almond joy frozen greek yogurt

Another year, another birthday, another dessert!

I turned 26 yesterday.

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My first birthday wish came from Kevin. He beat my dad by 6 minutes and was quite proud of himself. Once I confirmed that he had the right date, of course.

I had my final exam for my job training in the morning. How many exams have you heard me talk about? This was my last one for real.

I think.

As soon as I was done, I zipped to Harris Teeter to get ingredients for this dessert!

Birthday checklist:

Being a nerd- check.

Grocery shopping- check.

Teaching Body Pump- check.

Making a dessert using Kelly’s new Kitchen Aid (!!!)- check.

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My favorite Baltimore beer (Union Duckpin Pale Ale) at my BFF Ian and Meg’s house- check.

Pretty solid day.

Almond Joy Frozen Greek Yogurt

1 quart heavy cream

2 cups vanilla Greek yogurt

1/2 tsp almond extract

1 1/2 cups sweetened flaked coconut, toasted

1 cup almond slices, toasted

1 1/2 cups dark chocolate chips

Spread coconut and almonds on a baking sheet, and toast at 350 degrees until golden brown (about 10 minutes) flipping half way through. Set aside to cool.

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Place a stainless steel bowl in the freezer for about 30 minutes. Pour in the heavy cream and the almond extract, and whip until you see stiff peaks. Fold in the Greek yogurt until combined.

 

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I like the FruYo Greek yogurt because it’s not overly sweet, and I like the little vanilla bean flecks. Even if they’re fake. The effect is nice.

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Fold in the coconut, almonds, and chocolate. I chopped some of the chocolate and left other pieces whole. I added a lotttt of toppings because I wanted every bite to have something. Hire me, Ben & Jerry.

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Pour into shallow containers- I used two Pyrex containers, you could also use a bread tin. Freeze for 6-8 hours.

I think our freezer is a little too cold, so when I first pulled this out it was hard as a rock and not scoop-able like ice cream. Once it softened a little it was a better texture. The GS said it tasted “healthy” but I think this is a good thing. It’s a little tart from using Greek yogurt, but the coconut, almonds, and chocolate make it a good level of sweet.

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I have about 10 pounds of it so I’ll be celebrating my birthday until further notice.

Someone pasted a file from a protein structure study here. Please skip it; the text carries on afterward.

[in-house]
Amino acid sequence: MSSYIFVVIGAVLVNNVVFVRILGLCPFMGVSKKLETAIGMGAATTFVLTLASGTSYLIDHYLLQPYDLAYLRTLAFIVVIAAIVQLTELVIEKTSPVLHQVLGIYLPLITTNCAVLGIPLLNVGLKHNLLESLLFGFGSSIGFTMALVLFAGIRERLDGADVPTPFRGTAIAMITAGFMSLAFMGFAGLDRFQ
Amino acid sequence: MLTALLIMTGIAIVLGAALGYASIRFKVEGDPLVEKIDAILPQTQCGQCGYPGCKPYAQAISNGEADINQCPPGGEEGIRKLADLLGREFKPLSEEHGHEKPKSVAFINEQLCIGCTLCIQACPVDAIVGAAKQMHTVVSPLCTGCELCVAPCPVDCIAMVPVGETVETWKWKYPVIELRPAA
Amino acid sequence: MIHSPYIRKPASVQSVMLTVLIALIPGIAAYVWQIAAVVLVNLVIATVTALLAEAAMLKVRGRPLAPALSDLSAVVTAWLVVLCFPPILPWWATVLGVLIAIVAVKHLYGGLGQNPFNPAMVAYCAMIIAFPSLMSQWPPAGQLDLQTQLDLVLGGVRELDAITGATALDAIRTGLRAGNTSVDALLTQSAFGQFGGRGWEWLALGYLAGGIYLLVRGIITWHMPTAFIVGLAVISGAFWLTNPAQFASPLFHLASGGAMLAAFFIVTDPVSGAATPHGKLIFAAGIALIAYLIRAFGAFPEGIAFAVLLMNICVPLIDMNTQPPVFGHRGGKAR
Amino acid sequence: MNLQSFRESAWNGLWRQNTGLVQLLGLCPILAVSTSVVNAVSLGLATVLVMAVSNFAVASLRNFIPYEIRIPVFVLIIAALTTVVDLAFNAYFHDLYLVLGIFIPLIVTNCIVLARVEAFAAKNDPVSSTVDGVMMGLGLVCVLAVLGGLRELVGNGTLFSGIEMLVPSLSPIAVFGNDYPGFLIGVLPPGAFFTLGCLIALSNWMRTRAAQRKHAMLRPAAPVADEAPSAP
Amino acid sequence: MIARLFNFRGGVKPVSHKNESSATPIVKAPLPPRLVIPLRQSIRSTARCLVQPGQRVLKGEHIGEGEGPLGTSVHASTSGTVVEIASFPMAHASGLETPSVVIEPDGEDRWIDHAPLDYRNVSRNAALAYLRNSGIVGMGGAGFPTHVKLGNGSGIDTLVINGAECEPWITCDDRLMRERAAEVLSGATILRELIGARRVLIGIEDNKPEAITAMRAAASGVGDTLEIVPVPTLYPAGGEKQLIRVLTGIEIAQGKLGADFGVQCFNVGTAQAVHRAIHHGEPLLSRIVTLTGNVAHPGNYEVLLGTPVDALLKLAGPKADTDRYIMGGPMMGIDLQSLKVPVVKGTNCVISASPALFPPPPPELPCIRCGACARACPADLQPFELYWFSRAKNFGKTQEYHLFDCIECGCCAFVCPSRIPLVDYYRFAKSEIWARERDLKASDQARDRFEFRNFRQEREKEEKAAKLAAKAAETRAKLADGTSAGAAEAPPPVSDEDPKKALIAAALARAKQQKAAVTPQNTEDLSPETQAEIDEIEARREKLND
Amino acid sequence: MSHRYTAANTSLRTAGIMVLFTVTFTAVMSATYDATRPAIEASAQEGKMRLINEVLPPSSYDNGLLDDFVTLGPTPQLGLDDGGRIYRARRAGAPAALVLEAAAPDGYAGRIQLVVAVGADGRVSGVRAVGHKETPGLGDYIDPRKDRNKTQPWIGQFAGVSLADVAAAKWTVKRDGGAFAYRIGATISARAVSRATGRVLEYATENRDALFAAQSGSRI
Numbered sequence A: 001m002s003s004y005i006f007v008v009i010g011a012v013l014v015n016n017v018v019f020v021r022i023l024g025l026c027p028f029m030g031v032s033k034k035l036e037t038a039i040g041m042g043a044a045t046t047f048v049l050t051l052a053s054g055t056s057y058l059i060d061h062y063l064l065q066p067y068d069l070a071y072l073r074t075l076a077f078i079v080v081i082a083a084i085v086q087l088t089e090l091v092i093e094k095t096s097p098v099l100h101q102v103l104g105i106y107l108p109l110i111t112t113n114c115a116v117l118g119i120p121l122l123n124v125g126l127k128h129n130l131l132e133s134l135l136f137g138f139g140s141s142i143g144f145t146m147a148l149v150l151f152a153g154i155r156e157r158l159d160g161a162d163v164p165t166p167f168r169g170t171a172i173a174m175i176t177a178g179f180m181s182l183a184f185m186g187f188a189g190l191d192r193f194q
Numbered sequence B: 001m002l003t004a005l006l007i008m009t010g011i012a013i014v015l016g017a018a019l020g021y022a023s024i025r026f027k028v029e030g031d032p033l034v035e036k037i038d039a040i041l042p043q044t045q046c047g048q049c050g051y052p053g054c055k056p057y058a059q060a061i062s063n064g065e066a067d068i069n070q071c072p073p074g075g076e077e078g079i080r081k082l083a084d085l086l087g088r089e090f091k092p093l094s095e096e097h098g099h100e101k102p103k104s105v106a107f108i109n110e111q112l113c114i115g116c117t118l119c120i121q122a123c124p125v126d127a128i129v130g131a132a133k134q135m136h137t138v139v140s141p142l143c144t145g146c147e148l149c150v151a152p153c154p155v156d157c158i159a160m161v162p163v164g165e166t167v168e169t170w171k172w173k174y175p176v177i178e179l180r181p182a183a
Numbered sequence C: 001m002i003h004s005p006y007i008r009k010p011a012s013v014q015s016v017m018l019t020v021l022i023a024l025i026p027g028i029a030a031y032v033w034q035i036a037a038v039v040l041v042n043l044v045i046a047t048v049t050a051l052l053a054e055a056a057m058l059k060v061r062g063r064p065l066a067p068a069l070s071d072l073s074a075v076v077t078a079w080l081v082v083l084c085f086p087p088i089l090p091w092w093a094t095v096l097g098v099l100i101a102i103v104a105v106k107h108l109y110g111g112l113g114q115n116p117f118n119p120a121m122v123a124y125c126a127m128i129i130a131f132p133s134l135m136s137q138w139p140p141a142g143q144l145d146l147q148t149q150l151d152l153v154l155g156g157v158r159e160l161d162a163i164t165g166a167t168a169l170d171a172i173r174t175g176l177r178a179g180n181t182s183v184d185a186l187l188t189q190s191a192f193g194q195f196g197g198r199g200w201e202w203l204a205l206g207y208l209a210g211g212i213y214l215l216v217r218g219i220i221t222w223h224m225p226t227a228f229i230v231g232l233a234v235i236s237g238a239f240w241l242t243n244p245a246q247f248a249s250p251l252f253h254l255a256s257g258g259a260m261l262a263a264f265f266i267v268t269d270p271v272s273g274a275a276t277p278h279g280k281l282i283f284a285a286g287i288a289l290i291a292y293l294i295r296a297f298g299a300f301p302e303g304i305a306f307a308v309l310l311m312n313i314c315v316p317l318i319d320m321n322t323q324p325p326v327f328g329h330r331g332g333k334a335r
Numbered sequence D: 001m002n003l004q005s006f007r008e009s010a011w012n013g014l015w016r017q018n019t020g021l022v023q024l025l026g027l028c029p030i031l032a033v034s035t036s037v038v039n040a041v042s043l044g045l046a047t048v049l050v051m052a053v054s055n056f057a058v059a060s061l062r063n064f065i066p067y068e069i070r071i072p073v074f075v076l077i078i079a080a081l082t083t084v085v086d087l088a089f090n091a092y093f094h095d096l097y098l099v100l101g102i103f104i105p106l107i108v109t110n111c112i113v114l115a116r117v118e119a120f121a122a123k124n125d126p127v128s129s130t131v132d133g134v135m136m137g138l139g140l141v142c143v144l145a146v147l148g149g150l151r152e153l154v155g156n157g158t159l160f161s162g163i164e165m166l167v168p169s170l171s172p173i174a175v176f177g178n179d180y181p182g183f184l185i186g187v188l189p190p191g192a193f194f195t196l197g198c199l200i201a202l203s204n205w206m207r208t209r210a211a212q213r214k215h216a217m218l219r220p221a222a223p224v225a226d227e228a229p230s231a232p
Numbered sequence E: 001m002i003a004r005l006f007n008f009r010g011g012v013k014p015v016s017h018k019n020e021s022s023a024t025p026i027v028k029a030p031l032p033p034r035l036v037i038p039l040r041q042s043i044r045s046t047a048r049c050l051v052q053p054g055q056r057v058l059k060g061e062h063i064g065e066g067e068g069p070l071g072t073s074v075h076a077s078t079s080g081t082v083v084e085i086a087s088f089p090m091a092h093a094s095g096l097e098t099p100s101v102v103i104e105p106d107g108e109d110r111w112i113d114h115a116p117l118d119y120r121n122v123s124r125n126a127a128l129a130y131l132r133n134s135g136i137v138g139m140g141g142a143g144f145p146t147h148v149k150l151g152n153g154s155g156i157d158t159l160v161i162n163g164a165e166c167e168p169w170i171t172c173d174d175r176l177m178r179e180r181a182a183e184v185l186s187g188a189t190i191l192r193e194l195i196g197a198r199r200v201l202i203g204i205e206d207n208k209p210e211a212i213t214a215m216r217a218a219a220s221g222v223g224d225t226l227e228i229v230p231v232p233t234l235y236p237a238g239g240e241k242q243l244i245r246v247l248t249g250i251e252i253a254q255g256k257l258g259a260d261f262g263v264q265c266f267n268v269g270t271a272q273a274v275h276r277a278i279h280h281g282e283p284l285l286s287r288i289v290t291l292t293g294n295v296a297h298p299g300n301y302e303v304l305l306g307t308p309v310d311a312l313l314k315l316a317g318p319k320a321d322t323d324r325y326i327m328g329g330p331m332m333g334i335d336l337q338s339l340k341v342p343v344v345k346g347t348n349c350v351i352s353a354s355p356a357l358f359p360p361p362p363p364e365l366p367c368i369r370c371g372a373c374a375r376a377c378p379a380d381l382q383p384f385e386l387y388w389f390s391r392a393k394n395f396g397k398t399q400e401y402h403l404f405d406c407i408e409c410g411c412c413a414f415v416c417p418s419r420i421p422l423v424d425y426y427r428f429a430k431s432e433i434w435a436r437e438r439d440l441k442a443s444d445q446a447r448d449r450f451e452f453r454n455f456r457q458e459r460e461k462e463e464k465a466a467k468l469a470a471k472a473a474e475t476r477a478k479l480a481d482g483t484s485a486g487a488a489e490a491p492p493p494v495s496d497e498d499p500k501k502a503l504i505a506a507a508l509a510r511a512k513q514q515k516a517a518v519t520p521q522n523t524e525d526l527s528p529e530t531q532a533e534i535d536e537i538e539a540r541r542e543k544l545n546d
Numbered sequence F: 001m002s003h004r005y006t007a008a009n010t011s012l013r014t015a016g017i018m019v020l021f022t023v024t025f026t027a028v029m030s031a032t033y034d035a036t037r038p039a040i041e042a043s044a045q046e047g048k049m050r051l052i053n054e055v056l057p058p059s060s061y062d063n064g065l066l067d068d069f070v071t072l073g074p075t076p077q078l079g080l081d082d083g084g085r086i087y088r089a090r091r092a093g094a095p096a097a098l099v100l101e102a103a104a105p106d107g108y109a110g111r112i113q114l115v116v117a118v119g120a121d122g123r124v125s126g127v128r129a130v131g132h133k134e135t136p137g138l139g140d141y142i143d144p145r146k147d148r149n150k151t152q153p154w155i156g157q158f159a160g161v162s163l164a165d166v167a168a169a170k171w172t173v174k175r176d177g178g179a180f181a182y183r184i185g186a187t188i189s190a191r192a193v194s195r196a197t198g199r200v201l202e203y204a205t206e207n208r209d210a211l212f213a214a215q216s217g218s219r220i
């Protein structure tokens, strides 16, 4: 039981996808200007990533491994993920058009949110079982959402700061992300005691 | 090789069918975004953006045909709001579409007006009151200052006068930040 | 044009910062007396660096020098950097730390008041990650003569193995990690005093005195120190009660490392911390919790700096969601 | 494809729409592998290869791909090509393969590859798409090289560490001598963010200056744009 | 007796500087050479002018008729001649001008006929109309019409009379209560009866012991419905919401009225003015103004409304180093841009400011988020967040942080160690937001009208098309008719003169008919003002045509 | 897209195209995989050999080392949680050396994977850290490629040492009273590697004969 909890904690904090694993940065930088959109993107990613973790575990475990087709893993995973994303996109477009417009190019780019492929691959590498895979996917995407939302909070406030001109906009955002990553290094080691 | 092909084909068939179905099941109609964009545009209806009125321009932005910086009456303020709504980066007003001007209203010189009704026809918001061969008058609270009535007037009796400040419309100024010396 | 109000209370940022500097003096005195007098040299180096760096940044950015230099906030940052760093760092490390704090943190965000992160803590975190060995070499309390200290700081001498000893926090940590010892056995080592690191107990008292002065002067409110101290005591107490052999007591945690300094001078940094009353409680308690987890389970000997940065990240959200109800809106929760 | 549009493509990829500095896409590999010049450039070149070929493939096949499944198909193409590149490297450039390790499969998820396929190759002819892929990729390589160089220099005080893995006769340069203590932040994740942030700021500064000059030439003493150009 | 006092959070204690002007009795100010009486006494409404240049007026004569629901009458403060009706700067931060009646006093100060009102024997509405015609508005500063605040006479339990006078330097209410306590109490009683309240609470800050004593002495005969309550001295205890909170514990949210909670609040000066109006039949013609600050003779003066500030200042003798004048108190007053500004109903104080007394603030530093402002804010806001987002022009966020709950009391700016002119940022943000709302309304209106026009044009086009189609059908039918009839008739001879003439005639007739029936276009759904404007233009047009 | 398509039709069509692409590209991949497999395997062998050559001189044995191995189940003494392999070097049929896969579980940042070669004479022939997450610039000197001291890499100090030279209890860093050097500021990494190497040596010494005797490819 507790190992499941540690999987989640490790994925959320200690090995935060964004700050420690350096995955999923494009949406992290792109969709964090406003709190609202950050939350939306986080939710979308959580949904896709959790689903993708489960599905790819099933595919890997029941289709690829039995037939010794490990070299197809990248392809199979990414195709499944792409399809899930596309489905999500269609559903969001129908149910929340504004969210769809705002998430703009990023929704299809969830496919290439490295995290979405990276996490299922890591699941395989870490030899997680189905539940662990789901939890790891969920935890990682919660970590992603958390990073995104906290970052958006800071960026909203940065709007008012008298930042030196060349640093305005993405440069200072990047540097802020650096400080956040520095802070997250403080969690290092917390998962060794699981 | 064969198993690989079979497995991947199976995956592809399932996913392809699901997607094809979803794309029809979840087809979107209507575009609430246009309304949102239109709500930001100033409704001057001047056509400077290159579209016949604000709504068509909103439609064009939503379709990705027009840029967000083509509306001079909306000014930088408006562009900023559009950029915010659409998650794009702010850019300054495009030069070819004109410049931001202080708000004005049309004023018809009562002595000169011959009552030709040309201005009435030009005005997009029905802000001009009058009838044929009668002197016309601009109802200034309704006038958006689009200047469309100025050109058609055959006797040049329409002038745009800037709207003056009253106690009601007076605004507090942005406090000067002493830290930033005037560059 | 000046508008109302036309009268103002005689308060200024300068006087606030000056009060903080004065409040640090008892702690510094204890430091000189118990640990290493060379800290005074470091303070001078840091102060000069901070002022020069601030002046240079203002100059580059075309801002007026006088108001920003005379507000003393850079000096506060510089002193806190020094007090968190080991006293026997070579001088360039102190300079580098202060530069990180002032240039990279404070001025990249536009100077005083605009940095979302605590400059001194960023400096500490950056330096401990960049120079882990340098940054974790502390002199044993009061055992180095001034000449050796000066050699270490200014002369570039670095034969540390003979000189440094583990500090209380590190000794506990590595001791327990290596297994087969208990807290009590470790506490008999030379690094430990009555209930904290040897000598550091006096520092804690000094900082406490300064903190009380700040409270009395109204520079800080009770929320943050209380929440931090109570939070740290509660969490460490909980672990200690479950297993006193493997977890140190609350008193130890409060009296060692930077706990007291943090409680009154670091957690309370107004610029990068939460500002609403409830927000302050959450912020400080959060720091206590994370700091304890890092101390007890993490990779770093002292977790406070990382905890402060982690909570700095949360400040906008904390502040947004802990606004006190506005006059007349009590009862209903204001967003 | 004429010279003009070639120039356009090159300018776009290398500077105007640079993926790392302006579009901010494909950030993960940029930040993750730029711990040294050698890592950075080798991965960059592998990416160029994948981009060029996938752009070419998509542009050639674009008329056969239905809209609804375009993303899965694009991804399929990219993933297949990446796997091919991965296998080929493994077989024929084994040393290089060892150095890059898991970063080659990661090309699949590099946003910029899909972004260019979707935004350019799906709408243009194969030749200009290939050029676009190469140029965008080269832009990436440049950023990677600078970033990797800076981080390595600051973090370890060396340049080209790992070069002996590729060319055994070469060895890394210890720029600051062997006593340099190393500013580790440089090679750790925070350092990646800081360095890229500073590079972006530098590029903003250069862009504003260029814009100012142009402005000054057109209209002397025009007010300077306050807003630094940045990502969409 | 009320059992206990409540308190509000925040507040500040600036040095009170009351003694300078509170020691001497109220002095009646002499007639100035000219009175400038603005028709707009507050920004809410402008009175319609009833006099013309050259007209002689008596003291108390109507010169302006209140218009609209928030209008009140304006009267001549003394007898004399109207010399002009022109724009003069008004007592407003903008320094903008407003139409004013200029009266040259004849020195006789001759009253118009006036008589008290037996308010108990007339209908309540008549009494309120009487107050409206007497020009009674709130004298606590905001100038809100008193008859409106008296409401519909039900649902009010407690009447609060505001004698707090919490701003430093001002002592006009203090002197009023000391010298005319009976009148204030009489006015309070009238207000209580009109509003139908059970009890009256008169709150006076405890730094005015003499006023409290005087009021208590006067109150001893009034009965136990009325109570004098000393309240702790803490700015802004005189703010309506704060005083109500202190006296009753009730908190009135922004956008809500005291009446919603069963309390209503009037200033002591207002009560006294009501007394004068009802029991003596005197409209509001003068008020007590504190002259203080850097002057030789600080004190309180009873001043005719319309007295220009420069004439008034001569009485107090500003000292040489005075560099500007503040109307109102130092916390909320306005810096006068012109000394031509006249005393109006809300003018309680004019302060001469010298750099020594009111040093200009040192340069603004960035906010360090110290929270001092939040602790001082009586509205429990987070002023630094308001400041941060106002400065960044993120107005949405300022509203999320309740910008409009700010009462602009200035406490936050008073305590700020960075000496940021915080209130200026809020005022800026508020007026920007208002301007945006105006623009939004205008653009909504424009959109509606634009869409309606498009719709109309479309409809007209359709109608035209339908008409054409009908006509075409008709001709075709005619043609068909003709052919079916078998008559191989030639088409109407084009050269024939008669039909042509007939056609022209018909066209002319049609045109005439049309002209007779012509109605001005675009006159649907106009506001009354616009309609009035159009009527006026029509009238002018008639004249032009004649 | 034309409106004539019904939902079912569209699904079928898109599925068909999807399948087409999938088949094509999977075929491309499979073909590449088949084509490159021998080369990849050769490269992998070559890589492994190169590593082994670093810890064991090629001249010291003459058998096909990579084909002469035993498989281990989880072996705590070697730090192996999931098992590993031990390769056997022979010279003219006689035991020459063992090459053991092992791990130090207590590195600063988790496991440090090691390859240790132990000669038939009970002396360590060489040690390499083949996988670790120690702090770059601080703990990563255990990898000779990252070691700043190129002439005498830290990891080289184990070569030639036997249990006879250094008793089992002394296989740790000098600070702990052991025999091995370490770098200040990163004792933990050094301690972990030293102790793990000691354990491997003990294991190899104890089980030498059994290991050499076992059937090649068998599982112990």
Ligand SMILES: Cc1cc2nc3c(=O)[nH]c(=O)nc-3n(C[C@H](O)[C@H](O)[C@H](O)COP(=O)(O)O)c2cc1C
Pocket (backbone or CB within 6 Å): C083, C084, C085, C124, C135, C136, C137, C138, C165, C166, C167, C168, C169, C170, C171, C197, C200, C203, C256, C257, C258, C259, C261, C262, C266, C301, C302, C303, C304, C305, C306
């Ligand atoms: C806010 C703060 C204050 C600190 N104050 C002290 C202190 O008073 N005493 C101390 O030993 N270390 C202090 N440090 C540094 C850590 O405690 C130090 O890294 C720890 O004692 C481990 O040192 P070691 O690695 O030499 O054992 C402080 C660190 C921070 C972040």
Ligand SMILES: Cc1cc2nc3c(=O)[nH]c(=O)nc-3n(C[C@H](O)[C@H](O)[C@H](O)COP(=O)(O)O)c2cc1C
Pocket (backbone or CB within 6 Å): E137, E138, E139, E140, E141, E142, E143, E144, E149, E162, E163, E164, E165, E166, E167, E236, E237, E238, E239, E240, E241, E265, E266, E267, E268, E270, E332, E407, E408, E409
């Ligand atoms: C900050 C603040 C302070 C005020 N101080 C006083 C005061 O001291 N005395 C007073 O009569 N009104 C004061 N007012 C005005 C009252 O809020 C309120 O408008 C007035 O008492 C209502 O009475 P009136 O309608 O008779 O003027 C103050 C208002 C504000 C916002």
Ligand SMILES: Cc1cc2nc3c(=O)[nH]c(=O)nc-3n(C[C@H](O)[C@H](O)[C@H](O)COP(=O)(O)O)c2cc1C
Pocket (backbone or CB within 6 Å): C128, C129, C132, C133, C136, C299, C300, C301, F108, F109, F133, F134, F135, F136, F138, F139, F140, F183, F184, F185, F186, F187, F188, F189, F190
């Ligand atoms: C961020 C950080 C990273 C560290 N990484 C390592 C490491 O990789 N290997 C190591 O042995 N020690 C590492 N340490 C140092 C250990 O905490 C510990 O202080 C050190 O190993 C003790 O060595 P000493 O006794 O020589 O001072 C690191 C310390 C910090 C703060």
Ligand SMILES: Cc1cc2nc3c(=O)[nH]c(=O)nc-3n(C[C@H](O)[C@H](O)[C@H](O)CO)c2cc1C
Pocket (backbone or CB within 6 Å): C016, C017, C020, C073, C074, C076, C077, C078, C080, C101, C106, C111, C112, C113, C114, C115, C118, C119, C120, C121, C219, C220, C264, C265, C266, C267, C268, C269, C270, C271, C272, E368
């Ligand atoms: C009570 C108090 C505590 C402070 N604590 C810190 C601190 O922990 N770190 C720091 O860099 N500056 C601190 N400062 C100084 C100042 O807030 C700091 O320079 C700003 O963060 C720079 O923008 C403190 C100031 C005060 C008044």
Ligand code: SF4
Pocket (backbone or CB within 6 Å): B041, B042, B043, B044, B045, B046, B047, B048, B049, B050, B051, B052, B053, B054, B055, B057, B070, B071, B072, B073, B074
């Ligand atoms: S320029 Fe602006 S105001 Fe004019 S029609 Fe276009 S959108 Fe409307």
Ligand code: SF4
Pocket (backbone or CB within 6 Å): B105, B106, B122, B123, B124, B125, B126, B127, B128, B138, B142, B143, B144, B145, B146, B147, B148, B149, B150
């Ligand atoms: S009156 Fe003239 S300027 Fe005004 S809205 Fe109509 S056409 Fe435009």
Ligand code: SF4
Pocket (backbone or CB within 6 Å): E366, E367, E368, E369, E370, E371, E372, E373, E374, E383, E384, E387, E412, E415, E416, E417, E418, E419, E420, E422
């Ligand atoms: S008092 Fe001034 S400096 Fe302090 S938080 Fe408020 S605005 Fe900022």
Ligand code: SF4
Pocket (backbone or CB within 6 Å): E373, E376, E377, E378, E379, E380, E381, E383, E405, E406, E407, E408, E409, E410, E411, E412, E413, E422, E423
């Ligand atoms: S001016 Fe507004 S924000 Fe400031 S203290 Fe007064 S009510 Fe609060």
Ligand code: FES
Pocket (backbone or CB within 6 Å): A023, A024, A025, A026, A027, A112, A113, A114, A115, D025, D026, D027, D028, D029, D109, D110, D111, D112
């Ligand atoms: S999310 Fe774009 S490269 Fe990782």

slow cooker pulled pork

I have spent the entire summer traveling all over the country every week, and somehow the only “famous” person I’ve seen was Jim Boeheim. And that includes two trips to California. This doesn’t seem fair.

When I was in Phoenix, I had a chatty Lyft driver (not the creepy one who picked me up from the airport) and we figured out that he went to Syracuse University! He was all excited that I’m from Syracuse and was telling me how much he misses Dinosaur BBQ. (We’re getting one in Baltimore, by the way!)

I’m not sure I’ve actually eaten Dinosaur since I had it 87 times in the two week period when everyone had their high school graduation parties. Pulled pork for days. Literally.

I also remember going there for dinner once when I was in middle school with our whole Hilton Head vacation crew. At the time I had a big crush on one of the boys in the group. I distinctly remember putting on copious amounts of powder blue eye shadow (copious even for 2002), and wearing my coolest Abercrombie kids t-shirt. By “coolest” I mean it said “Abercrombie” pretty big and had rhinestones on it.

My memory frightens me sometimes.

Anyway, even though I was looking pretty fly for a 7th grader, said crush paid little to no attention to me. I think this is how most boys work when they have a plate of meat in front of them. This includes present day GS.

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But when my Lyft driver was talking about Dinosaur it gave me a craving! And then center cut pork loins were BOGO at Harris Teeter. I am a marketer’s dream.

What I really wanted to do was put the pork in my slow cooker and just dump a few bottles of barbecue sauce in there. But that’s not blog-worthy, and obviously I really needed to share my awesome story with you.

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Slow Cooker Pulled Pork

4 lbs pork (I bought two center cut pork loins)

1 onion, quartered

3-4 garlic cloves

1 jalapeno, ribs and seeds removed (keep it whole so you can pull it out later)

juice of 2 oranges

juice of 2 limes

1 beer (I used Blue Moon)

1 tsp chili powder

1 tsp oregano

1/2 tsp cumin

1/2 tsp black pepper

I never think to use my crock pot in the summer, but it makes sense! You throw everything in and just let it go while you’re out doing fun summer things! Or in my case, rehearsing my presentations for my final exam this week. Talking to yourself all day is straight up depressing, so knowing I have pork waiting for me for dinner helps a little.

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I cooked this for about 4 hours on low and then 2 hours on high. You could do 8 hours on low, 4-5 hours on high, etc.

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Ultimately I’m glad I didn’t just slather it in sauce, I was able to make it more versatile. Night 1 was just straight up with some thinly sliced red onion and cilantro. I put it in a tortilla with some eggs and cheese for the GS for breakfast, and then threw some in a grill pan with onions and made quesadillas out of it.

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Do we think powder blue eye shadow is coming back in style any time soon? No? Got it.

ramen noodle salad

This one is coming from Phoenix! Holy hell it’s hot here. I landed last night at midnight and it was still ONE HUNDRED AND ELEVEN DEGREES outside. Then I had the creepiest Lyft driver ever who kept asking why I was being quiet and I was like “Uhh it feels like 3 AM to me, I was on a wine tour all day for my sister’s bachelorette, and you’re a stranger.”

Okay I didn’t say the last part. I have manners.

Last week I was in Massachusetts, then I flew to Syracuse for Kelly’s bridal shower and bachelorette which was the most fun weekend ever. There was a selfie stick.